Starting at one end of the closure panel stitch a straight line along the edge capturing the zip in the panel. Then stitch across both ends of the panel. Don’t stitch too close to the teeth of the zip or else you’ll have trouble opening it.

Put this on one side while you make the bag body. (In this photo it looks like the two zip panels are different sizes – they’re not! It’s just my poor photography skills)

Step 2. Exterior zip. I included this zipped pocket to hold my mobile phone. More convenient than fishing through the bag to find it. You can skip this step if you don’t want an exterior zip.

I stitched a piece of the lining fabric on the front by turning the edges under and top stitching onto the exterior fabric with the interfacing atttached. You can skip this step if you don’t want to have an
oblong of contrasting fabric under your zip opening. Whether you decide to have the lining oblong or not you will need to apply the interfacing to the wrong side of your bag front piece.

Measure 9cm from the top of the bag front in the centre and mark with a pin. This is the mark for the zip opening. Iron the interfacing onto the wrong side of one of the pocket pieces.

Measure 3cm from the top of the pocket piece and draw a straight line at this mark to measure 14cm. The line should be central to the pocket. Using the picture above as a guide draw two more lines parallel to the first line. The two outer lines should be 1.5cm apart with the third line in bewteen them. Enclose the lines as shown. These outer lines are the stitching line. Place the pocket piece on top of the bag front right sides together, putting the central drawn line over the pin on the front. Pin the pocket into place and remove the original pin in the front. Stitch around the rectangle (just the outer lines) through all layers. Remove the piece from the machine. Carefully cut along the central line to the juctions at both ends.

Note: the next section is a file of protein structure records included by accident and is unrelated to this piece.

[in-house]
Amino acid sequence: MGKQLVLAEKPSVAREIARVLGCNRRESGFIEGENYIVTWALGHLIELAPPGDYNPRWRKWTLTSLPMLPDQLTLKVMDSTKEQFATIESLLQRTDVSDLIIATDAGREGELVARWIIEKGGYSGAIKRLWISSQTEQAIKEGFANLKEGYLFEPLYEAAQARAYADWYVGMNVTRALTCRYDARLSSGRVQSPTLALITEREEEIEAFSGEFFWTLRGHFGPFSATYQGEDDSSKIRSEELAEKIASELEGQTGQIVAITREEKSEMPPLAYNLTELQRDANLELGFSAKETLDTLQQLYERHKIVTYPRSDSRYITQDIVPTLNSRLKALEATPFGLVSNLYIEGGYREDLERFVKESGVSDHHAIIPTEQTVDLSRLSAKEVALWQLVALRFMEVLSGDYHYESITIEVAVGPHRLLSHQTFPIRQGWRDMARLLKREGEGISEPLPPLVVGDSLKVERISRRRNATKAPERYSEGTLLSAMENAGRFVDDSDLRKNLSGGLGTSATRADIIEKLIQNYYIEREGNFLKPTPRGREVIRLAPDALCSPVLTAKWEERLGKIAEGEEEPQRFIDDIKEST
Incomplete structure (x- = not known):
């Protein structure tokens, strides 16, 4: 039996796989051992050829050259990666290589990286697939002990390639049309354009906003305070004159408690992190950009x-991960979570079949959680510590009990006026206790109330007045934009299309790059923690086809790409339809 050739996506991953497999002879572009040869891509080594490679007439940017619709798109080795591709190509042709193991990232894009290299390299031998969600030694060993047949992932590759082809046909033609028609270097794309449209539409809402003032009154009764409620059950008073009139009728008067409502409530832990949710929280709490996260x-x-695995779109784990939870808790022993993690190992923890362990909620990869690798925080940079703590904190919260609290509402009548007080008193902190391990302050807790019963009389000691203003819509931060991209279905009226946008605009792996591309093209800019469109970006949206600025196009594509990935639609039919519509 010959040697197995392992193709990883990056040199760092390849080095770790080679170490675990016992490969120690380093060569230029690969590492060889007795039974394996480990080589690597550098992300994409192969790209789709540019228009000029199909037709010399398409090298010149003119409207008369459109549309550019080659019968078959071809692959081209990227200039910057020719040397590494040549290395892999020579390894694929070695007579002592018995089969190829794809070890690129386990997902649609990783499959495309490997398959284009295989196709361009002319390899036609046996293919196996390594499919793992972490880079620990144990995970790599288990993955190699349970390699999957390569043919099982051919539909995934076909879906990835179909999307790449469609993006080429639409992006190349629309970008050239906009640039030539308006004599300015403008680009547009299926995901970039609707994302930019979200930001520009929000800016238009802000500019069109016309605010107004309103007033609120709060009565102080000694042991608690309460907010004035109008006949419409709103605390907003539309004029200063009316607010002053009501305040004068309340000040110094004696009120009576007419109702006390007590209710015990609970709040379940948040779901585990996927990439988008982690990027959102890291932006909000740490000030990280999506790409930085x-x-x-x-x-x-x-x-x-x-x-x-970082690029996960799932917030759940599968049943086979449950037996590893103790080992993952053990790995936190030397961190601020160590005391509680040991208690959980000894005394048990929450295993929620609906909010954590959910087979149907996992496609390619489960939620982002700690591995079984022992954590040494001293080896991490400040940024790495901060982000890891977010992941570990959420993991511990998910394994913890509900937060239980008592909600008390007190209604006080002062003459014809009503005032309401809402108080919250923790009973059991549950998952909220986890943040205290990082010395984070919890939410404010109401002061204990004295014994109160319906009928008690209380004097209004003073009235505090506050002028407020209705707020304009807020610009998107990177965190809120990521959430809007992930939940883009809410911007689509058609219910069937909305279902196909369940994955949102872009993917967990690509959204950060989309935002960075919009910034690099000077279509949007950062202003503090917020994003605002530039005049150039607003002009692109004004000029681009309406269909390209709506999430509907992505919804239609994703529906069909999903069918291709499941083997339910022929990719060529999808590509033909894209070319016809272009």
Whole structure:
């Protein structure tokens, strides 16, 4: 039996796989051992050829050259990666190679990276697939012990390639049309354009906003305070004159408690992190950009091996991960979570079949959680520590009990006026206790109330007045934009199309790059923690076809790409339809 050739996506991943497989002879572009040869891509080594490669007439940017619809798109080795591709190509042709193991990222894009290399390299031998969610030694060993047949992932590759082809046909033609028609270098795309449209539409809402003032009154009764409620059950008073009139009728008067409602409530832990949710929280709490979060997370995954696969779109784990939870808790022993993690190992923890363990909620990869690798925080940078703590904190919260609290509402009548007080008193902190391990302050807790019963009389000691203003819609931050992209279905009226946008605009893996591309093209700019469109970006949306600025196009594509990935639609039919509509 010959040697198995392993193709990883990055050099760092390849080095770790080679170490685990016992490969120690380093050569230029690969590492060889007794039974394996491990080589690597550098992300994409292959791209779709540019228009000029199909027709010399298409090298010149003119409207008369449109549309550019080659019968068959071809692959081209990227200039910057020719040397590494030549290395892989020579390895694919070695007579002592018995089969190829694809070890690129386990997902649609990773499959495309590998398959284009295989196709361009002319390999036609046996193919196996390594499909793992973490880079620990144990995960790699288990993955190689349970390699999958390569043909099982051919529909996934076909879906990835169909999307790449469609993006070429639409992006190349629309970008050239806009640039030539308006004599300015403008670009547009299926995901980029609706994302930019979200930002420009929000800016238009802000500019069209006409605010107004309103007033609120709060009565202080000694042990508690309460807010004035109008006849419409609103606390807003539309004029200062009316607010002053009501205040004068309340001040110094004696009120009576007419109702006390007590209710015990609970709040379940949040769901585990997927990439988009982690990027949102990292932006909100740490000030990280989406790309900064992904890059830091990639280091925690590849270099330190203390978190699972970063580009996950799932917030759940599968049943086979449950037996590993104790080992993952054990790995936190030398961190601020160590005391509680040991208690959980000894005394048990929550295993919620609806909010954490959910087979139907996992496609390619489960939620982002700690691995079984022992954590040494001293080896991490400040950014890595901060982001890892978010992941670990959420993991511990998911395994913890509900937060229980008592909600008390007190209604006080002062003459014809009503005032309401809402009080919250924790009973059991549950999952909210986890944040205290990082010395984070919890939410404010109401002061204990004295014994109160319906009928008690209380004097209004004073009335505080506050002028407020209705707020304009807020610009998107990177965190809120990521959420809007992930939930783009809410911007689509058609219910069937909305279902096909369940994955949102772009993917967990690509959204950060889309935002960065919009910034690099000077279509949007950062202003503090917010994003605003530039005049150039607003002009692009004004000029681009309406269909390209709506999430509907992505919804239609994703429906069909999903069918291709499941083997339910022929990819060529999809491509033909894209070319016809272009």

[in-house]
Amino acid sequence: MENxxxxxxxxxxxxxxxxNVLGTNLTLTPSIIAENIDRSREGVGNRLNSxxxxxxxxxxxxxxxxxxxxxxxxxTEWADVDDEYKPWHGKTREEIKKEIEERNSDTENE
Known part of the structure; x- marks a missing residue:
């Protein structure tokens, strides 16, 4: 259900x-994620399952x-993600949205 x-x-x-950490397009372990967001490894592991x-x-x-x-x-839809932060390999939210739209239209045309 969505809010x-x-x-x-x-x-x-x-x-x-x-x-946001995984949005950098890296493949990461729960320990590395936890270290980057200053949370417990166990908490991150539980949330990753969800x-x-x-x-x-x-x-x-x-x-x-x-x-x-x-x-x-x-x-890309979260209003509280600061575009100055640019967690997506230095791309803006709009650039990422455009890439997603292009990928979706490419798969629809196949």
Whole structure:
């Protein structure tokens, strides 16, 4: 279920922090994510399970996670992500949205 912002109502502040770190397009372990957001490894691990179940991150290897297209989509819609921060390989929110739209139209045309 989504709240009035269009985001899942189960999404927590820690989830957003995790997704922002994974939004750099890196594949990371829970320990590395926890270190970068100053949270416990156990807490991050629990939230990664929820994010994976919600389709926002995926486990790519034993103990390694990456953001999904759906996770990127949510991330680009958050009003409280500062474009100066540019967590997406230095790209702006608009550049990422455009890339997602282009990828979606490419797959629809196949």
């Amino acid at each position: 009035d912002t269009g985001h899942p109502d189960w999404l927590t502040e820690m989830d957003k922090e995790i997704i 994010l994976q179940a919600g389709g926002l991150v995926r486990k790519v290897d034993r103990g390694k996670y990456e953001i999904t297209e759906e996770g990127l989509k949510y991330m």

Then cut the two little “v” shapes to the corners of the rectangle. Push the pocket fabric completely